Having missed the narrow window on Lazy Bear’s website, I turned to Craigslist and snagged two tickets at some 30 percent above face value. The process left me feeling like a grumpy Luddite, and I showed up at the restaurant in a foul mood, thinking, “This chef better bring it.” He does.

As the evening plays on, that ocean trout gives way to a scallop seared just so, set against a midnight palette of squid ink and scallop sauce, the richness of it all cut by charred onion, yogurt, and bright dots of tomatillo and gooseberry purée. Pork jowl arrives next: Seasoned in a marinade of Asian pear, it’s been slow-cooked and then grilled so that a blackened crust encases its fatty sweetness, then garnished with a frilly leaf of red mustard greens. Parsnips and compressed Asian pears flank the meat, as do slivers of matsutake mushroom whose piney flavor infuses the guinea hen broth that servers splash on tableside.

You get the picture. It isn’t every chef who can take such liberty with the season’s bounty and convince you that the tweaks make perfect sense.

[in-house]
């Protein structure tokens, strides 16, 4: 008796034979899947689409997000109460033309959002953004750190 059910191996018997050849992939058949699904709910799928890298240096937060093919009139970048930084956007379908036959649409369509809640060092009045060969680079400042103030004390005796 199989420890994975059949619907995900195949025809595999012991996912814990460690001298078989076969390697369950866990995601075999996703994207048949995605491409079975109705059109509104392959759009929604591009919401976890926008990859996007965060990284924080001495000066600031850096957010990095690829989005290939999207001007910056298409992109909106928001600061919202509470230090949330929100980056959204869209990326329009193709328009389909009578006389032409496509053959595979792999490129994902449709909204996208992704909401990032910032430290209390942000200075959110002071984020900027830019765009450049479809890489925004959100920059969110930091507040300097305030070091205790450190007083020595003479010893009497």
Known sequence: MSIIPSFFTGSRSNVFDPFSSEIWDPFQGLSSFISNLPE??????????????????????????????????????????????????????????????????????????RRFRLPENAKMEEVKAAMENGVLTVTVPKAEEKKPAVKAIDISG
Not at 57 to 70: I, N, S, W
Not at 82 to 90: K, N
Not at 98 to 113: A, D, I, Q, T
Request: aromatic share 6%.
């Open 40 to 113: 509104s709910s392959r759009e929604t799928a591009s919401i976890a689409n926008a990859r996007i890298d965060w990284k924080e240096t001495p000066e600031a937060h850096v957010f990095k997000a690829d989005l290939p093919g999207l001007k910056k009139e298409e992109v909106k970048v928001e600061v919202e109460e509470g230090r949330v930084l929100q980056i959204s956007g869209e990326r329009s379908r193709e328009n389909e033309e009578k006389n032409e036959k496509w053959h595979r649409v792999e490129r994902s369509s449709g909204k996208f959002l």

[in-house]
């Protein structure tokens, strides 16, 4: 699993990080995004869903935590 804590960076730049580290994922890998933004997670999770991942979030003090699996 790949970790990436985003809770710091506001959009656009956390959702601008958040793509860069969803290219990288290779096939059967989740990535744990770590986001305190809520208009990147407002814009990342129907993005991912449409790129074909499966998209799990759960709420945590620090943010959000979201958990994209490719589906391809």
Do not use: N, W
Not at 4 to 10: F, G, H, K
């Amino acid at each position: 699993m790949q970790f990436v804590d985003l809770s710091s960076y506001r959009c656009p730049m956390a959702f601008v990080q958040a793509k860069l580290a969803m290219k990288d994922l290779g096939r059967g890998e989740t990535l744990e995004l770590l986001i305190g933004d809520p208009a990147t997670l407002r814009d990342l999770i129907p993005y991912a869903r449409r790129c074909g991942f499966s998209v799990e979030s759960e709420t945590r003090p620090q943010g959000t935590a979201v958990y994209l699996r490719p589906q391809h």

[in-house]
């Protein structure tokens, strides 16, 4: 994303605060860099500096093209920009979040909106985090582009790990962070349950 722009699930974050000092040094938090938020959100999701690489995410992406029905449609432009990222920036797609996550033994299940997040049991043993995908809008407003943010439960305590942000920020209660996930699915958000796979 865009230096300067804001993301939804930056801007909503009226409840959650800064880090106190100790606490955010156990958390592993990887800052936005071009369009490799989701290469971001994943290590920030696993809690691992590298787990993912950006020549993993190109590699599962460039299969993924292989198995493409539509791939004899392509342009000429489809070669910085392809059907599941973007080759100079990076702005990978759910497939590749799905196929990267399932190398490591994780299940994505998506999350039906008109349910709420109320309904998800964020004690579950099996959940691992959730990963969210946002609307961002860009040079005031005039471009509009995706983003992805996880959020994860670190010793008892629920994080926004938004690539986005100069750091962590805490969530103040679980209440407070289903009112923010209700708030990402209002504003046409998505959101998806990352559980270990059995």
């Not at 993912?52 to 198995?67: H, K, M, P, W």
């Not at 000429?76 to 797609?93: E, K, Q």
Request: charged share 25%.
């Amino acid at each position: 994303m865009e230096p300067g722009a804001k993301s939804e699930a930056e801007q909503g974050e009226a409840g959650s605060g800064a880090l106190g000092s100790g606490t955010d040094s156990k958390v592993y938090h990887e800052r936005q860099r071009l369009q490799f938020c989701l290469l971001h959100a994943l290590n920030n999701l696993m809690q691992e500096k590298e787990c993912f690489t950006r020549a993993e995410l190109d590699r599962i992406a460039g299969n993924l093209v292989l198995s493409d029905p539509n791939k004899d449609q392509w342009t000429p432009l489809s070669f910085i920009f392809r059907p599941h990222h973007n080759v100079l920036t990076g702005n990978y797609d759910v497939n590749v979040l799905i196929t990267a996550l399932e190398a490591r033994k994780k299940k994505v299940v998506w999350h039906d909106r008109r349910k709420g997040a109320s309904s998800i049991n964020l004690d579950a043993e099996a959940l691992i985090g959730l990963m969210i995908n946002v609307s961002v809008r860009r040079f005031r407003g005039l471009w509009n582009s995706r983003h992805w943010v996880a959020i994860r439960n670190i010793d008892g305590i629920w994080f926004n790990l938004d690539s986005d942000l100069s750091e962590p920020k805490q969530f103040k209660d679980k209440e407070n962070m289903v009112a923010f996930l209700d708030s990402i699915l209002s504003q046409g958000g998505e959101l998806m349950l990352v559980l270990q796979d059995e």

There’s an element of theater to all fine dining, and in this already polished young production, Barzelay has ringed himself with a stellar cast. It includes pastry chef Maya Erickson, an AQ alum whose endearingly shy delivery matches the understated beauty of the desserts she describes. One of several stunners is koji rice pudding, dusted with matcha, darkened with huckleberry compote, and crowned with wedges of green tea meringue. All savory umami and tempered sweetness, it claims the spotlight quietly as the night winds down, the subtle closing act in a once-roving performance worthy of its upgrade to a permanent stage.

Lazy Bear
Three Stars
3416 19th St. (near San Carlos St.), 415-874- 9921

 

Originally published in the December issue of San Francisco